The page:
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Presto Universe * Mormon Women * Defrocked Fugee : Tuesday’s Roundup

Cosmologists see hard evidence that the universe was created mind-numbingly fast. Almost as fast, the Vatican takes away Michael Fugee's collar. And the LDS Church condemns women activists to the loathed "free speech zone."

Image courtesy of romrf and NASA via Shutterstock.
Image courtesy of romrf and NASA via Shutterstock.

Image courtesy of romrf and NASA via Shutterstock.

The universe, created in the tiniest sliver of a second

It could be the biggest science story of the year. Cosmologists have detected ripples in the fabric of the universe that show it “underwent a fast and incomprehensibly massive growth spurt in its earliest infancy,” according to USA Today. And what they mean by “fast” is “almost instantaneous.” I hope I didn’t wreck anyone’s theology this morning. I know it’s a little early for that.

You Mormon gals, stay outside please

Mormon women who want to attend the the LDS general priesthood session next month have been barred. And they won’t have access to Salt Lake City’s historic Temple Square either, reports the Salt Lake City Tribune. The group Ordain Women will instead be allowed to demonstrate in a nearby “free speech zone,” where critics of the church are corralled. Said Ordain Women founder Kate Kelly:

We have nothing in common with those people . . . . They are seeking to destroy the church. We are not against the church — we ARE the church.

The pope braves the mob

Pope Francis’ plans to pray with victims of organized crime Friday. That’s despite the fact that he was warned last year that his financial reforms were making mob bosses nervous and could expose him to assassination plots.

In related papal news: more evidence of the very collaborative friendship between Francis and his predecessor. The current pope apparently asked retired Pope Benedict XVI to help him with his landmark September interview in which he blasted the church’s obsession with “small-minded” rules.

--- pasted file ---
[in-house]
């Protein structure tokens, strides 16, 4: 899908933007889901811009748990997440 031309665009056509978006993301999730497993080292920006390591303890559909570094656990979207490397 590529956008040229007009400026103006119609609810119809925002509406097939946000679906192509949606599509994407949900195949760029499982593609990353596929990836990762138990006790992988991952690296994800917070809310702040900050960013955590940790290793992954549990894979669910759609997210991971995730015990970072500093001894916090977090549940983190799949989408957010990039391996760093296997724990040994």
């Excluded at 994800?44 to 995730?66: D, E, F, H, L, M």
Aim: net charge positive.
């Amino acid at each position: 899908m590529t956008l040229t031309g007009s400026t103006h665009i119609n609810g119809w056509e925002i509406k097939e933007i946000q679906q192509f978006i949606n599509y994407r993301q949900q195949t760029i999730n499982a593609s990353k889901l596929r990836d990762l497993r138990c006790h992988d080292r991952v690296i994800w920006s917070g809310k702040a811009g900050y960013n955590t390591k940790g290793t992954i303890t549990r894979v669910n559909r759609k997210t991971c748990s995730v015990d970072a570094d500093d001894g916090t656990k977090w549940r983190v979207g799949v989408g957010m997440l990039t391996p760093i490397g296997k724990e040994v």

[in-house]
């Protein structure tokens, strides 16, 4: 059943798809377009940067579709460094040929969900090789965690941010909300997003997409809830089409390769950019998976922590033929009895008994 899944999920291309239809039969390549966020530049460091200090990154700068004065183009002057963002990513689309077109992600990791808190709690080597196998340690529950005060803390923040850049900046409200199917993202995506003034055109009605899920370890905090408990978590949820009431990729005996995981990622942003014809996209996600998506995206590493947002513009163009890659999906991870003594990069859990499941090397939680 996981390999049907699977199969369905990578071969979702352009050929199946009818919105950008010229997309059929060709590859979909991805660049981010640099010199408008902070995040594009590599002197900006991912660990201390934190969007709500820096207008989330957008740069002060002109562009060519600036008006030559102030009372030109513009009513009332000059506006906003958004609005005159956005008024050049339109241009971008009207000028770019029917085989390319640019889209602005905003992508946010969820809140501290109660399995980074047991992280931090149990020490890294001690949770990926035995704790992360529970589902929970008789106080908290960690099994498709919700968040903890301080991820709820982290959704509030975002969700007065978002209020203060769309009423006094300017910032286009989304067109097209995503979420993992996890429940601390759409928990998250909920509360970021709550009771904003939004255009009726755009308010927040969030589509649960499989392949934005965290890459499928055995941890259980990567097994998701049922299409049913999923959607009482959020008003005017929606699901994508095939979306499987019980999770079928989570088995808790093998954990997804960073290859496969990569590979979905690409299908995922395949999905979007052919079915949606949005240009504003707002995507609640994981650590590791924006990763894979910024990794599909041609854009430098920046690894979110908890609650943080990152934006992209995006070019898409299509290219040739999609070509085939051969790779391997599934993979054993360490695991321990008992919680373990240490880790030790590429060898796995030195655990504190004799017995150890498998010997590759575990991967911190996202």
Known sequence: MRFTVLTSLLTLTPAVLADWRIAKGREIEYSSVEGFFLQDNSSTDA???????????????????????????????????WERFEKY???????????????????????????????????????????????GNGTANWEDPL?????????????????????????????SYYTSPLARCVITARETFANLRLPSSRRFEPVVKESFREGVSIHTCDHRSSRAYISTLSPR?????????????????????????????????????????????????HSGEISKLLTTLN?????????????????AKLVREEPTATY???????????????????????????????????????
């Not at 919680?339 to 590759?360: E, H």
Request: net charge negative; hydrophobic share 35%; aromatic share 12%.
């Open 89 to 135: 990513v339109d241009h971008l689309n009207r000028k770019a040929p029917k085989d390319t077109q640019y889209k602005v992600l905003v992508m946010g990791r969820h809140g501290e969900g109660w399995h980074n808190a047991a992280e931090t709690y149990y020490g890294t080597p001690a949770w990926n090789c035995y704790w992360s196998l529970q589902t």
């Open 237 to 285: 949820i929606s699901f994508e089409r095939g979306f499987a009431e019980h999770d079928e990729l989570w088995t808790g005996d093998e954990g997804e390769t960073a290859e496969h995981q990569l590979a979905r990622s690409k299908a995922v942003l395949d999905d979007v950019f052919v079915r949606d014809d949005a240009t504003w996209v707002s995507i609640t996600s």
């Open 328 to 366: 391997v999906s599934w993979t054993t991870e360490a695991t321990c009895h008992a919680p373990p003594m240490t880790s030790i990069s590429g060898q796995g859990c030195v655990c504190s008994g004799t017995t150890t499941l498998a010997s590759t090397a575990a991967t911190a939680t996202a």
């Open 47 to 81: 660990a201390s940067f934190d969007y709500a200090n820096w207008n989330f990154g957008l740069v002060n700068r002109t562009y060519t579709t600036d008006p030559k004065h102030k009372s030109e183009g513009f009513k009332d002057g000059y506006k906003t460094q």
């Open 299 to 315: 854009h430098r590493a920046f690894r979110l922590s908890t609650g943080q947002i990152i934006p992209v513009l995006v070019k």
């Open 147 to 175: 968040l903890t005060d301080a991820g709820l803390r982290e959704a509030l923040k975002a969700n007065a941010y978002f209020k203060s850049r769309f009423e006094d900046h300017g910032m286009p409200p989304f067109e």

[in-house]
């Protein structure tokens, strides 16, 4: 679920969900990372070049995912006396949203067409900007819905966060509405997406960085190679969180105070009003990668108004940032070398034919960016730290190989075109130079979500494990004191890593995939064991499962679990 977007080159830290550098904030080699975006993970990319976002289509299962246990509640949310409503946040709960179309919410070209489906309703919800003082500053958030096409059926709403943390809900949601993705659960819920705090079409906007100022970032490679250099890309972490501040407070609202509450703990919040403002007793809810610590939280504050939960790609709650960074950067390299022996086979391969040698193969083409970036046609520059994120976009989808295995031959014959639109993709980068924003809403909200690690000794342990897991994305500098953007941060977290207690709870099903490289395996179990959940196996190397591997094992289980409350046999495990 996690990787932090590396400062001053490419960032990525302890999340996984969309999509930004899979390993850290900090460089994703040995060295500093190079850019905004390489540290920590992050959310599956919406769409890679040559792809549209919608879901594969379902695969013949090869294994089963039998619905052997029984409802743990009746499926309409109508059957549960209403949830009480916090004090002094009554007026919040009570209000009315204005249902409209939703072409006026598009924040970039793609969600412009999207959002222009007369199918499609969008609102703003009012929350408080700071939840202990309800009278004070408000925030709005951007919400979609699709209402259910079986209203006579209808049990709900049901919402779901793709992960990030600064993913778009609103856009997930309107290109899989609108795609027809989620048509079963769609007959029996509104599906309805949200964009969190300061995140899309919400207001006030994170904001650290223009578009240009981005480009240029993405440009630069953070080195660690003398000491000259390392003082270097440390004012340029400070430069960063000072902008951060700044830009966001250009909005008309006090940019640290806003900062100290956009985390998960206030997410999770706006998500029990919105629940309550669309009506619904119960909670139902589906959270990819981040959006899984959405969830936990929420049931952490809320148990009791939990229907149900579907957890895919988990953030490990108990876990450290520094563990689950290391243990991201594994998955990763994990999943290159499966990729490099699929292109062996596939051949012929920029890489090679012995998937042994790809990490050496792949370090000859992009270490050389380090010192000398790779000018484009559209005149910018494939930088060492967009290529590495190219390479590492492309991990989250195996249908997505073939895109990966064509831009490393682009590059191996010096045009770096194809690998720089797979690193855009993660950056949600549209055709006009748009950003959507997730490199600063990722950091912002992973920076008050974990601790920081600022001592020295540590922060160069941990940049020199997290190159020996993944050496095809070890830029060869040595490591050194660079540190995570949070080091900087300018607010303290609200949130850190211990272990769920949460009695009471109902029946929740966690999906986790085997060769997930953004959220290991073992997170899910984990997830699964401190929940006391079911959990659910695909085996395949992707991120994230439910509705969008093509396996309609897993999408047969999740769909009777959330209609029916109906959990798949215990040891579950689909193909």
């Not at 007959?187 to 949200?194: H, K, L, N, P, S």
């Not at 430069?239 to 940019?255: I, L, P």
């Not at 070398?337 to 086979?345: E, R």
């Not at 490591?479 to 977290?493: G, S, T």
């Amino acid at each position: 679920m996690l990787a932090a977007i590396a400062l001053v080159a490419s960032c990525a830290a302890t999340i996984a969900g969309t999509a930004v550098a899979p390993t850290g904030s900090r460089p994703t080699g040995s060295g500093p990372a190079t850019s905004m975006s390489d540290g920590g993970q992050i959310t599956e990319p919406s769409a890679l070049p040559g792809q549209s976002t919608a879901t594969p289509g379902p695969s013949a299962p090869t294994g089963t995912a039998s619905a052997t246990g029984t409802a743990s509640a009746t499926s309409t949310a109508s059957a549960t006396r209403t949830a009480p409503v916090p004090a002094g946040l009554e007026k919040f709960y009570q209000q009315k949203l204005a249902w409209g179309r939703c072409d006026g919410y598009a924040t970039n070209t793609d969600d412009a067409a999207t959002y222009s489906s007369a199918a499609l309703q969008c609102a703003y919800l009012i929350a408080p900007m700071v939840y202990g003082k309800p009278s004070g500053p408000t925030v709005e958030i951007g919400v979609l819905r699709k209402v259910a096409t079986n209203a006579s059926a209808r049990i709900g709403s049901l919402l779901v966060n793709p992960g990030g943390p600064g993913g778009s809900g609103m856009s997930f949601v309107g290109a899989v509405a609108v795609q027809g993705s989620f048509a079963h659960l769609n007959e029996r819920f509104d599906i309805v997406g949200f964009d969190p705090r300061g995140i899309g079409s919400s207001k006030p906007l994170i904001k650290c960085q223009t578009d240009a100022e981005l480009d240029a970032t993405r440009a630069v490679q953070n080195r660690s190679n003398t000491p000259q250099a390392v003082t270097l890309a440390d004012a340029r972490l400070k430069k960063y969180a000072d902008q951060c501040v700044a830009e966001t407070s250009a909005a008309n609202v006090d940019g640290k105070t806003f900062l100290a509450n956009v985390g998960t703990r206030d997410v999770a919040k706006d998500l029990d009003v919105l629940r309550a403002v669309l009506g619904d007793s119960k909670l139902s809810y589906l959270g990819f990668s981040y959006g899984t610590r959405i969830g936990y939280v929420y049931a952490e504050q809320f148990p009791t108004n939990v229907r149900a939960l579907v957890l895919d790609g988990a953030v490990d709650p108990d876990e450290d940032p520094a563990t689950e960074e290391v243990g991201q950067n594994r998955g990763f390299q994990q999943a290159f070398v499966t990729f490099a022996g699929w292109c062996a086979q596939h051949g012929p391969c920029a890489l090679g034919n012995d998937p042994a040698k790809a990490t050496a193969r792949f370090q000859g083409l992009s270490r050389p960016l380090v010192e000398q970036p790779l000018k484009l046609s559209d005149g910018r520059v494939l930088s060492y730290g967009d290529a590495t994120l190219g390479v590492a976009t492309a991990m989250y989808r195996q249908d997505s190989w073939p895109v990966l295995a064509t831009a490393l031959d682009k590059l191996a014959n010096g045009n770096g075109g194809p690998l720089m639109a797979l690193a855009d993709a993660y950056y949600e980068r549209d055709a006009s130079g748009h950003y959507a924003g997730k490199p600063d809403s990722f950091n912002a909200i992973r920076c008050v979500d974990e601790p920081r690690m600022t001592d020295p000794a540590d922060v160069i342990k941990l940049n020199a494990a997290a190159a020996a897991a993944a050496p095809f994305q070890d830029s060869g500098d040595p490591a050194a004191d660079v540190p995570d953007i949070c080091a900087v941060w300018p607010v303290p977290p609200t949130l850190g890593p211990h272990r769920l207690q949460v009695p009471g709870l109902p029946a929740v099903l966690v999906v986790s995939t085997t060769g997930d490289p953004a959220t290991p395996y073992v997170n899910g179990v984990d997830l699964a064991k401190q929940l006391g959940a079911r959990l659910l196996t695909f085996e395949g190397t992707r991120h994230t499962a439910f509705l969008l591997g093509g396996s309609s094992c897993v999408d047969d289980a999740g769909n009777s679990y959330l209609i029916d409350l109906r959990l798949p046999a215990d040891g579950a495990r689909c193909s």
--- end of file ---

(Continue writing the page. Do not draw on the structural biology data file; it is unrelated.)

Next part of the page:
Mark Driscoll, sorry again

The Seattle megachurch pastor is apologizing — again. This time, reports Sarah Pulliam Bailey, he bundled together a few years worth of missteps — from plagiarism to a misleading marketing campaign — and wrote a letter to his Mars Hill congregation promising to quit social media for the rest of 2014 to “reset” his life.

Steve Green in his high school basketball photo, playing for the Bethany Broncos. Photo courtesy of Green family

Steve Green in his high school basketball photo, playing for the Bethany Broncos. Photo courtesy of Green family

Steve Green, sure of himself

Read our own Cathy Lynn Grossman’s profile of the man behind the lawsuit against Obamacare. My favorite part is about how he and the missus totaled each others’ cars.

Michael Fugee, expelled

The Vatican wasted little time in laicizing Fugee, the New Jersey priest who had been banned (by a civil court) from ministering to children for the rest of his life.  Fugee, reports the Newark Star-Ledger, defied the ban by attending youth retreats and hearing confessions from minors.

Mormons love Holi

Where in America will you find  the biggest celebration of the colorful Hindu festival of Holi? You guessed it: Utah. Katherine Davis explains how a small number of Hindus and a large number of Mormons have come together to create a musical observance of Holi unrivaled on the continent.

Christian-Muslim Anti-Slavery Campaign

The Roman Catholic Church, Church of England and al-Azhar, the Cairo-based seat of Sunni Muslim learning, Monday together called for an end to modern slavery within 20 years, Reuters reports. They want to set aside a day of prayer for the estimated 30 million people enslaved today, and to “slavery-proof their supply chains and investments and to take remedial action if necessary,” while asking governments and business to do the same. 

Shifting Shiva

The Forward reports on the ritual of sitting shiva, whereby Jews set aside seven days of mourning and prayer after the death of a loved one. It seems as if the seven days are, among less observant Jews, often collapsed into three, and there’s less prayer, a livelier mood and more catered food.


Died: Joseph Fan, the “underground bishop of Shanghai.”

Hospitalized: Imprisoned polygamist leader Warren Jeffs

Debated: Whether Mel Gibson deserves to work in Hollywood again eight years after his anti-Semitic tirade.

Closed: Every high school in Borno state in Northeast Nigeria, for fear of attacks from Islamic extremists.

And I was upset because my childrens’ schools were closed because of a snowstorm yesterday. Sign up below for the Religion News Roundup. We’ll put your world in perspective, and won’t spam you either.

– Lauren Markoe